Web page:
2013 the kickstarter announcement to make it.

No other major announcements until 2015 - Announce big layoffs and transitioning to a new dev team...

2017 - a roadmap for the future development announced. Then...

No news or major announcements of any kind until 2021 - they shut it down.

Pazio only reports the positive - unless they are compelled by circumstances to do otherwise.

Just like they went radio silent now vs. The union and freelancers announcements.

I'm not just talking about their announcements, but also their actions: they were adding positions just this February. There's been no indication or sign of any sort of financial problems from anyone coming out of Paizo or any sort of side information.

If as people have speculated, Pazio's business model is built around their current pay structure, then I guarantee Pazio does not want to go union if they can help it at all...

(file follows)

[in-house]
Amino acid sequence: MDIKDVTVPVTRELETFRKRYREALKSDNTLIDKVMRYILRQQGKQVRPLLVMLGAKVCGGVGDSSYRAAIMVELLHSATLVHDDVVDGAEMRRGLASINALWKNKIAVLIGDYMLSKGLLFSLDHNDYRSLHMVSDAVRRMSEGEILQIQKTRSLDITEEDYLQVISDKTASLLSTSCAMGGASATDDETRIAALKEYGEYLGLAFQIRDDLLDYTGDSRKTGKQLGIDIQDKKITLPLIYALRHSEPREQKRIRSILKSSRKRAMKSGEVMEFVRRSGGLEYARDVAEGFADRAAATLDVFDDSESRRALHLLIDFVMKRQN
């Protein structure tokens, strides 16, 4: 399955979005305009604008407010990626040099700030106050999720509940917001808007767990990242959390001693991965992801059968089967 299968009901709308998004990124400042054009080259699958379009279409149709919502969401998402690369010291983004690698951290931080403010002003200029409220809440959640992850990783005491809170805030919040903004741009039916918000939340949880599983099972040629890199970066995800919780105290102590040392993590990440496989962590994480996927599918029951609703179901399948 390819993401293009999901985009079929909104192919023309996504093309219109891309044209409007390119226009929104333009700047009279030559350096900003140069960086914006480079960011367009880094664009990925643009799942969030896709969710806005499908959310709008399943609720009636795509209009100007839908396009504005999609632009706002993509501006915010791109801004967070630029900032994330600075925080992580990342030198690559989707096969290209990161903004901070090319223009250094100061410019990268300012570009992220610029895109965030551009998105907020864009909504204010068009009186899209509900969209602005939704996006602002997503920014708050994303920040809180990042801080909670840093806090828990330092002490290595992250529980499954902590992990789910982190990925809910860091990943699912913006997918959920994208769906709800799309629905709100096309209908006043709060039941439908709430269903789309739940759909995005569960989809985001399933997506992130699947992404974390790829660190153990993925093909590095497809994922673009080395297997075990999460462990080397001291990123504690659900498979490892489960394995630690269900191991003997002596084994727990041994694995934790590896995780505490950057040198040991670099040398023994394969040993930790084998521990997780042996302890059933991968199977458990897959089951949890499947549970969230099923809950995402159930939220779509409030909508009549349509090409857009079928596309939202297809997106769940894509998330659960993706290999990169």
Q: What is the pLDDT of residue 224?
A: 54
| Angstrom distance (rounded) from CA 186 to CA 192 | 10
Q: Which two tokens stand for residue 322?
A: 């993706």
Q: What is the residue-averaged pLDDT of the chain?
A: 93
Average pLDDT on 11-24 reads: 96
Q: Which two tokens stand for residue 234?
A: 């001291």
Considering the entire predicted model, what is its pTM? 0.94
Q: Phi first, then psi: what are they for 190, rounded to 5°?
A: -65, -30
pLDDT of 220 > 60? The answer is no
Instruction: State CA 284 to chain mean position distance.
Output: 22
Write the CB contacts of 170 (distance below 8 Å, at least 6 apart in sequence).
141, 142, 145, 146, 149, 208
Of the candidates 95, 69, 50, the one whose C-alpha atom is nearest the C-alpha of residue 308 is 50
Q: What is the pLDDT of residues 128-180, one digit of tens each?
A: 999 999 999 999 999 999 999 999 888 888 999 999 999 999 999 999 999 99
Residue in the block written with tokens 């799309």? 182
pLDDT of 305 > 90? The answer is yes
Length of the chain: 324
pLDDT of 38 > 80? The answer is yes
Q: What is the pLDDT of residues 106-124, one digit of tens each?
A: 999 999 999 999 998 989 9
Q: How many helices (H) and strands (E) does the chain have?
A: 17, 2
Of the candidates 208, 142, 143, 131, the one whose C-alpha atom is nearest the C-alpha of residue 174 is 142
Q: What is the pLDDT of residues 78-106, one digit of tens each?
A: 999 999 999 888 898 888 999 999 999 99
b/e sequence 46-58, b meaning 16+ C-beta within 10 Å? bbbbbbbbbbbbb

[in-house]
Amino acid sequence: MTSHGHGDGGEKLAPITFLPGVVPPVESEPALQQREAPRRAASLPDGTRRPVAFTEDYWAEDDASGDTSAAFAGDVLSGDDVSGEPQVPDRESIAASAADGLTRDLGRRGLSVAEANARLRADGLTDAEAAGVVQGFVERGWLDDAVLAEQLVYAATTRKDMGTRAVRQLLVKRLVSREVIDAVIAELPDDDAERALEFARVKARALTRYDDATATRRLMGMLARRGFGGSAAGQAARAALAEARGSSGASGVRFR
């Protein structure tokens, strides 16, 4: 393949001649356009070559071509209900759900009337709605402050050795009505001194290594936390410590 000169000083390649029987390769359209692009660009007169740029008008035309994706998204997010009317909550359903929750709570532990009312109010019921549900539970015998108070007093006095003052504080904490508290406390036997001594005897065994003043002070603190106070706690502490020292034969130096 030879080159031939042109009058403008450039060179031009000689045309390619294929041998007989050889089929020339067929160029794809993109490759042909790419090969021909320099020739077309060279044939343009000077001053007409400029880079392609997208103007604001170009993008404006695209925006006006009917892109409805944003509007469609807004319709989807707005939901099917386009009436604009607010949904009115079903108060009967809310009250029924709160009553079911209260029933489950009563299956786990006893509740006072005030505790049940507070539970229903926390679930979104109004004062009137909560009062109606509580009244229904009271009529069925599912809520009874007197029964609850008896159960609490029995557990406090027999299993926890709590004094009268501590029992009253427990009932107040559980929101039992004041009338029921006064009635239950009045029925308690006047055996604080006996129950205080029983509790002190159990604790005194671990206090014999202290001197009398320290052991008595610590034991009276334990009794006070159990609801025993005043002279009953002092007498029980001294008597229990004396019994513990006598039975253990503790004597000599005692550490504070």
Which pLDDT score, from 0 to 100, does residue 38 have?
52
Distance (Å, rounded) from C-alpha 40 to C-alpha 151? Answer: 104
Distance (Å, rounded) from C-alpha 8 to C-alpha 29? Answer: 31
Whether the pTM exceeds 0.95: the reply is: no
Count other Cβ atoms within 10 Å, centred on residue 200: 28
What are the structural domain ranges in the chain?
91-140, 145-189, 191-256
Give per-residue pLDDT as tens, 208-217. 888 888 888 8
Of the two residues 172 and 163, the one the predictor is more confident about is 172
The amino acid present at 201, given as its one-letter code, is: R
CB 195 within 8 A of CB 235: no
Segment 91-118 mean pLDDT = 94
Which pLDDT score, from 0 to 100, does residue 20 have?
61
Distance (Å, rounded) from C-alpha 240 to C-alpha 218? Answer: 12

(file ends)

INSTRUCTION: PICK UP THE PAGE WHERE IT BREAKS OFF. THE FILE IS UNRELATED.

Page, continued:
IMHO right now they are running through various financial and legal scenarios how they can avoid unionization - and what that would look like for them coming out the other side.

Probably. I mean, as someone thread in the other thread, they probably don't want to tie themselves down to any statement because they are in an extremely bad position when it comes to this. The freelancer "strike" has been ongoing, their scandals forced them to promise changes, and now they are stuck with their workers unionizing publicly to rather popular support. I don't see a particularly easy way out here. Brian Bauman, one of the unionizers, goes over their own strategy here and it's obvious that they've thought about how they might try to break the ranks.

I fundamentally agree the PF2 is more streamlined than PF1 - But that is a natural progression of the type of game Pazio has been promoting since PF1. Not necessarily indicative of an 'oppressive culture' in and of itself.

Now if you want to discuss why I think in my all-wise 20/20 hindsight, that it was the wrong design direction for Pazio to go in... I'll be happy to on a different thread. But that thread won't win us many friends over here in the Pathfinder subforum.